Canonising Shakespeare offers the first comprehensive reassessment of Shakespeare's afterlife as a print phenomenon, demonstrating the crucial role that the book trade played in his rise to cultural pre-eminence. 1640-1740 was the period in which Shakespeare's canon was determined, in which the poems resumed their place alongside the plays in print, and in which artisans and named editors crafted a new, contemporary Shakespeare for Restoration and eighteenth-century consumers. A team of international contributors highlight the impact of individual booksellers, printers, publishers and editors on the Shakespearean text, the books in which it was presented, and the ways in which it was promoted. From radical adaptations of the Sonnets to new characters in plays, and from elegant subscription volumes to cheap editions churned out by feuding publishers, this period was marked by eclecticism, contradiction and innovation as stationers looked to the past and the future to create a Shakespeare for their own times.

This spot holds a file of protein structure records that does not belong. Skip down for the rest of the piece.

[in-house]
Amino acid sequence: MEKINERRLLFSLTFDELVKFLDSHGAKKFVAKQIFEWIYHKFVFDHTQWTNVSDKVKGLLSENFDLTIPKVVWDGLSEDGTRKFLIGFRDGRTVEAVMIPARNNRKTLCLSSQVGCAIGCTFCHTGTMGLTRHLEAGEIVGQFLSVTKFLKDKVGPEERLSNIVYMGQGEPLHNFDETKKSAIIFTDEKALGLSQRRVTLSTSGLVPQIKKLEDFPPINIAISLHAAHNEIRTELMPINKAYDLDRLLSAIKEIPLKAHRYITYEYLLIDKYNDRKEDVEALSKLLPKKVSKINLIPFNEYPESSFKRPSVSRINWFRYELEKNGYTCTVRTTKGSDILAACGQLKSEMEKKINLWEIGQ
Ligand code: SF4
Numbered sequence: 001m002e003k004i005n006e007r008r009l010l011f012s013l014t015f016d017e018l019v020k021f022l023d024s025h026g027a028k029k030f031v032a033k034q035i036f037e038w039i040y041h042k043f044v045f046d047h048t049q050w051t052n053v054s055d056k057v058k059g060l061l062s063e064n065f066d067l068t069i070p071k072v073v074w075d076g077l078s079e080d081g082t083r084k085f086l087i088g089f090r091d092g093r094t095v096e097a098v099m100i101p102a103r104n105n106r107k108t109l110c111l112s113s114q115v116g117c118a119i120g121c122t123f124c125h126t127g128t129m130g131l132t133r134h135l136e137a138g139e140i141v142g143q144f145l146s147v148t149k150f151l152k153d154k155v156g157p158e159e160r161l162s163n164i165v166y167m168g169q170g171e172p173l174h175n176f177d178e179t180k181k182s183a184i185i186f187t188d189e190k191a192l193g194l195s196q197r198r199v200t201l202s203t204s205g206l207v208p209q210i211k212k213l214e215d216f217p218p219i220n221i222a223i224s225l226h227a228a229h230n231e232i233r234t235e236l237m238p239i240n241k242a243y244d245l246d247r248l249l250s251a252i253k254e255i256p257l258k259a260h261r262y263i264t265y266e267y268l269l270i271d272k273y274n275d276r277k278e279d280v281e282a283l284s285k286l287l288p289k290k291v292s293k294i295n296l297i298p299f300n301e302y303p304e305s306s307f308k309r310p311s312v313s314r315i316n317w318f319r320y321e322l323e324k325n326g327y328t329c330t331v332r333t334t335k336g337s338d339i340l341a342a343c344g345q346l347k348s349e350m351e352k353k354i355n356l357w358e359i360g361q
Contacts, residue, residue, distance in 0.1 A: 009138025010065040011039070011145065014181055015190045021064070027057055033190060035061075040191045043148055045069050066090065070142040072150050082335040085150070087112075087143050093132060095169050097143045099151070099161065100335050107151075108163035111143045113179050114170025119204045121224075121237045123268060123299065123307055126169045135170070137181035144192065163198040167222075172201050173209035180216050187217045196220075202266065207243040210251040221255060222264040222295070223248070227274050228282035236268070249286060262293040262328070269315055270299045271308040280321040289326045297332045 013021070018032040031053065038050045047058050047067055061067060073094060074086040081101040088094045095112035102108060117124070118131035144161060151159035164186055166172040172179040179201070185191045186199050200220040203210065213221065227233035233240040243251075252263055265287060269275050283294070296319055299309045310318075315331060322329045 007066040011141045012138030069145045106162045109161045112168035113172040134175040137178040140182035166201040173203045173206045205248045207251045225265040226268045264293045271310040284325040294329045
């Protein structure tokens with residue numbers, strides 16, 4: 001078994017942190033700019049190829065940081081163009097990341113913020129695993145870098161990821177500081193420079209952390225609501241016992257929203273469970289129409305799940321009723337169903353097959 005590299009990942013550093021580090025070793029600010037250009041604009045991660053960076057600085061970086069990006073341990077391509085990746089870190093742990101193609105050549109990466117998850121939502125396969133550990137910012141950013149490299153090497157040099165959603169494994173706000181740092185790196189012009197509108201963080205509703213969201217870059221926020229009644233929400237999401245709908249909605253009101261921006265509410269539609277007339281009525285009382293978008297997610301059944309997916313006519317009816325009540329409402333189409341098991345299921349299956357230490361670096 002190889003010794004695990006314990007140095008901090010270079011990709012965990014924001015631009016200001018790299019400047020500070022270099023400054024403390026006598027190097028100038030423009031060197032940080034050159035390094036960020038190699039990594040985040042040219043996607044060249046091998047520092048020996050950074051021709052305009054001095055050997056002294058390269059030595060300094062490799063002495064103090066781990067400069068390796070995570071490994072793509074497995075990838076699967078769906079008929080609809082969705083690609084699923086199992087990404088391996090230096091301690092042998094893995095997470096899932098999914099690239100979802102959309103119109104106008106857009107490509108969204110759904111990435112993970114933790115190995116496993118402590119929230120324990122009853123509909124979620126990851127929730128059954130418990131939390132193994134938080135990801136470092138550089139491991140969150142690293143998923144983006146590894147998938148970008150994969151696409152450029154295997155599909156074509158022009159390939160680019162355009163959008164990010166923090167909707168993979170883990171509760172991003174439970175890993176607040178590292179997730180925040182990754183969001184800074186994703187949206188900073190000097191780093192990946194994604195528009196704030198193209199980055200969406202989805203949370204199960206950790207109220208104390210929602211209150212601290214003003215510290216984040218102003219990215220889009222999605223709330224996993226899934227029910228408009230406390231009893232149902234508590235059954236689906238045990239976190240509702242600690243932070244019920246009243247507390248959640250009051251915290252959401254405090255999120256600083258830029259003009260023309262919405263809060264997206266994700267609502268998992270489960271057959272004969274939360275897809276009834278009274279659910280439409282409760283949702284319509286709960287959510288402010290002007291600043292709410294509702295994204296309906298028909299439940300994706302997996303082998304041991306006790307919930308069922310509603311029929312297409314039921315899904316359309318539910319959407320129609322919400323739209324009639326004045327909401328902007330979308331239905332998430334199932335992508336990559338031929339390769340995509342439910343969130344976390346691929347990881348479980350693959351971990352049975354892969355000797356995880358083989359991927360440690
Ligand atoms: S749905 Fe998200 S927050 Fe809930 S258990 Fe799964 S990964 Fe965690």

Publisher: Cambridge University Press
Number of pages: 282
Weight: 590 g
Dimensions: 235 x 159 x 17 mm
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